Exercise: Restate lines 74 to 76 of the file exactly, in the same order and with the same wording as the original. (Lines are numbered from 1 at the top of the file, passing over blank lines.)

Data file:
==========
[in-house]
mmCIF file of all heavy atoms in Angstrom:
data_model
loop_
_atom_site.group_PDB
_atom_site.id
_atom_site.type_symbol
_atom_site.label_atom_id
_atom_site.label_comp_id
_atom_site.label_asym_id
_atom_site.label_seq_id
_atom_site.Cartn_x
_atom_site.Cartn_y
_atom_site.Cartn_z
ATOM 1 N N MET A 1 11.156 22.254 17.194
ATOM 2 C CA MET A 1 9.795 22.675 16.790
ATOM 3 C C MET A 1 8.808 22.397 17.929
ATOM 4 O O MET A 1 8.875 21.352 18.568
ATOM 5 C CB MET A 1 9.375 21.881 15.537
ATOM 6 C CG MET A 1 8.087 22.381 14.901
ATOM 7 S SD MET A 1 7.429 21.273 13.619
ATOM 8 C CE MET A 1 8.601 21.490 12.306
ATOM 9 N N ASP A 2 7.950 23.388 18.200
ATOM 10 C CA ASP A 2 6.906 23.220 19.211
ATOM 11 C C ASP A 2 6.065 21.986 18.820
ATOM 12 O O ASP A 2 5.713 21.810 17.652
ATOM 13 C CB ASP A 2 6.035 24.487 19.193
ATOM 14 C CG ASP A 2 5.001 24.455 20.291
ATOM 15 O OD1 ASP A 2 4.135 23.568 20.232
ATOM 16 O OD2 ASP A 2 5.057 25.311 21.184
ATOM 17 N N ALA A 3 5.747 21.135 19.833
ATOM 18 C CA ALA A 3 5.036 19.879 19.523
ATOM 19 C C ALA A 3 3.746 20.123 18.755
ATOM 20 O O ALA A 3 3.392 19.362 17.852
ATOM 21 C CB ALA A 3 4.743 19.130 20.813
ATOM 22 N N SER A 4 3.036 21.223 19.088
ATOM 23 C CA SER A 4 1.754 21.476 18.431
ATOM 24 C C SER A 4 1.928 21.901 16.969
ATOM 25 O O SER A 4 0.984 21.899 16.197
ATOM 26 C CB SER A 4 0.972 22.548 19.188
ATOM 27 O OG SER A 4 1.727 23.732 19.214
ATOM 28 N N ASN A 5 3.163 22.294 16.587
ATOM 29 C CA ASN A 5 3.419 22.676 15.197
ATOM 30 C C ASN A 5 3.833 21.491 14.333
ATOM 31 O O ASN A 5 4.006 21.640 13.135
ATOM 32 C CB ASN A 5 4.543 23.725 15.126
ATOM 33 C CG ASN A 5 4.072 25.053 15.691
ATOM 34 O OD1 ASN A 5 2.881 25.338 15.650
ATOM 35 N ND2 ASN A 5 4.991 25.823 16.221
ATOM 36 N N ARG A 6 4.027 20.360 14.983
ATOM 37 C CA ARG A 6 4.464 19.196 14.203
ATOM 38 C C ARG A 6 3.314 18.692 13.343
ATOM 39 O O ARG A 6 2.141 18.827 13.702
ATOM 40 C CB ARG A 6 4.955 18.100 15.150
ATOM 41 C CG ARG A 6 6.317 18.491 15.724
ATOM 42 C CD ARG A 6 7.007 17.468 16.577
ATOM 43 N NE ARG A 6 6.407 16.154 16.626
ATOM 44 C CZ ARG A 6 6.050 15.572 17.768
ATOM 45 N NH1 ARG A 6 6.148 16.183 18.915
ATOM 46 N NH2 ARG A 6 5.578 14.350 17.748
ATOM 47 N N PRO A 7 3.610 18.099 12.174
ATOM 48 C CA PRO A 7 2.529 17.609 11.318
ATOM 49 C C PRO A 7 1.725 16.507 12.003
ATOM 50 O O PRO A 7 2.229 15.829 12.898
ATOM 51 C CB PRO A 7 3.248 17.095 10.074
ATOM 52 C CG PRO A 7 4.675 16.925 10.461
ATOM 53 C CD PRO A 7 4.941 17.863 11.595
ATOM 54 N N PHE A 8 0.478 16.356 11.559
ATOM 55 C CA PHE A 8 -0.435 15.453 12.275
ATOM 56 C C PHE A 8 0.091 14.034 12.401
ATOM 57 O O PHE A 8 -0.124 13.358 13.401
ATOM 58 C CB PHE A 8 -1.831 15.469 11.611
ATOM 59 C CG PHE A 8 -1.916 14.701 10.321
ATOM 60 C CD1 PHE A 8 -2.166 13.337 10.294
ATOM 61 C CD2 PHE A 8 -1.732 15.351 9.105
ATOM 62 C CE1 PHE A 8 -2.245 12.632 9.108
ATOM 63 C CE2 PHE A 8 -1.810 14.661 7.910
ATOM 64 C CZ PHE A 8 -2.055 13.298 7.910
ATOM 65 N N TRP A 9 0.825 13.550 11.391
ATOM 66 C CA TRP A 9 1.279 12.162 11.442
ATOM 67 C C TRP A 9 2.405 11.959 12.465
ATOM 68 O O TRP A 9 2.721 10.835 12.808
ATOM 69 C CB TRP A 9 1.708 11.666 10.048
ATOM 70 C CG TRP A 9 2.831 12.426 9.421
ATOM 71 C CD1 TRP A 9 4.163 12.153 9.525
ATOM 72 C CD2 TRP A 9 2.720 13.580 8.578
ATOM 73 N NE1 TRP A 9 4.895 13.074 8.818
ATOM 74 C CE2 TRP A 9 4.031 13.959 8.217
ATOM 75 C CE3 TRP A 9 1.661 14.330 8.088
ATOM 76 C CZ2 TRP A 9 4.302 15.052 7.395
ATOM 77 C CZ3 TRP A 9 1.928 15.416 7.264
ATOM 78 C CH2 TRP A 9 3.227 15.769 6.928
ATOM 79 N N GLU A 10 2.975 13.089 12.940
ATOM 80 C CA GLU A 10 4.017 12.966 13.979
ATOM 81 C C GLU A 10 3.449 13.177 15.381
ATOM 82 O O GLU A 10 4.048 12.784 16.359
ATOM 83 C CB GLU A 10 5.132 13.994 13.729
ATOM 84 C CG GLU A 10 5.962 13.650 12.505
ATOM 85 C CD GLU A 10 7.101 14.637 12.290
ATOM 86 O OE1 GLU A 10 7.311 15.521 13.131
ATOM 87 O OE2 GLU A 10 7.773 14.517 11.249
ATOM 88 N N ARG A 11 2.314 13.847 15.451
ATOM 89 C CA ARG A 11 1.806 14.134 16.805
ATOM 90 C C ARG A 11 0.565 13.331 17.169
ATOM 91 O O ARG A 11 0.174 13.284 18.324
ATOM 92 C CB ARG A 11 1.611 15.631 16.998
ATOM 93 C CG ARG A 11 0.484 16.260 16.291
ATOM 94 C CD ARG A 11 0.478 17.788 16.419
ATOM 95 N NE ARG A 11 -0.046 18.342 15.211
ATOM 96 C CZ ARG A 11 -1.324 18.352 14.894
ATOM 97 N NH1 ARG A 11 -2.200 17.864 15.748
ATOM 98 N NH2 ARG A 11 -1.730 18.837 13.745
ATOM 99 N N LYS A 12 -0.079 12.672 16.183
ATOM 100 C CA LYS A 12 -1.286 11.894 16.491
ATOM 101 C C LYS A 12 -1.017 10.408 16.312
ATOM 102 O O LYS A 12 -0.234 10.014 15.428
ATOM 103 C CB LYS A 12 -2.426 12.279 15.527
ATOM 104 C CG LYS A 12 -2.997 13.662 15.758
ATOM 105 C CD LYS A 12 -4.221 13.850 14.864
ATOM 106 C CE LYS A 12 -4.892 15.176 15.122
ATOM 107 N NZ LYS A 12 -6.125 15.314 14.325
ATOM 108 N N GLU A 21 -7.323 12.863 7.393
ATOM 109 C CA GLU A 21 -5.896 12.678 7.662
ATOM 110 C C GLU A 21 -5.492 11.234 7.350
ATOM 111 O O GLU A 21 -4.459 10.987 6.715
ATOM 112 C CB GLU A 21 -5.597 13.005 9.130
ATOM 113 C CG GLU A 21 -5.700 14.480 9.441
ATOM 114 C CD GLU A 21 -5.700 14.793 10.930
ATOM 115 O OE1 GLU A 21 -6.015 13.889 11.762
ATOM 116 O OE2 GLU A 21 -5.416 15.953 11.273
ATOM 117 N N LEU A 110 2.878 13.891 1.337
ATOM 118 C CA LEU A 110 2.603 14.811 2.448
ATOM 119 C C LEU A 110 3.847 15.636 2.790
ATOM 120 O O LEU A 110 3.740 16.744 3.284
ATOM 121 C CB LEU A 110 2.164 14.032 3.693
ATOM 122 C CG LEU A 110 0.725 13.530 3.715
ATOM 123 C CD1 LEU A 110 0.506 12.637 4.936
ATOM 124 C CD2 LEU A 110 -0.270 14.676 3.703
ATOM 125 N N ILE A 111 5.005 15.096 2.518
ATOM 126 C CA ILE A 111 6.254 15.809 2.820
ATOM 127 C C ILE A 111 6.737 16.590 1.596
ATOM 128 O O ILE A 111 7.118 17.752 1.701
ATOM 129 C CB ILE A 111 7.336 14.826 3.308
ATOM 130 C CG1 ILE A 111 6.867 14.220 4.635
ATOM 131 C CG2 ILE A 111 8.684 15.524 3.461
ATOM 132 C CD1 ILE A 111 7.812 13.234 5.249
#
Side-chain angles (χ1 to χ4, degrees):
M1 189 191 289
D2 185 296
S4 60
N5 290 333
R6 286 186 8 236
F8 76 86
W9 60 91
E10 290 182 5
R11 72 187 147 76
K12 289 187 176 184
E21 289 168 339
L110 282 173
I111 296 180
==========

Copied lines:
ATOM 60 C CD1 PHE A 8 -2.166 13.337 10.294
ATOM 61 C CD2 PHE A 8 -1.732 15.351 9.105
ATOM 62 C CE1 PHE A 8 -2.245 12.632 9.108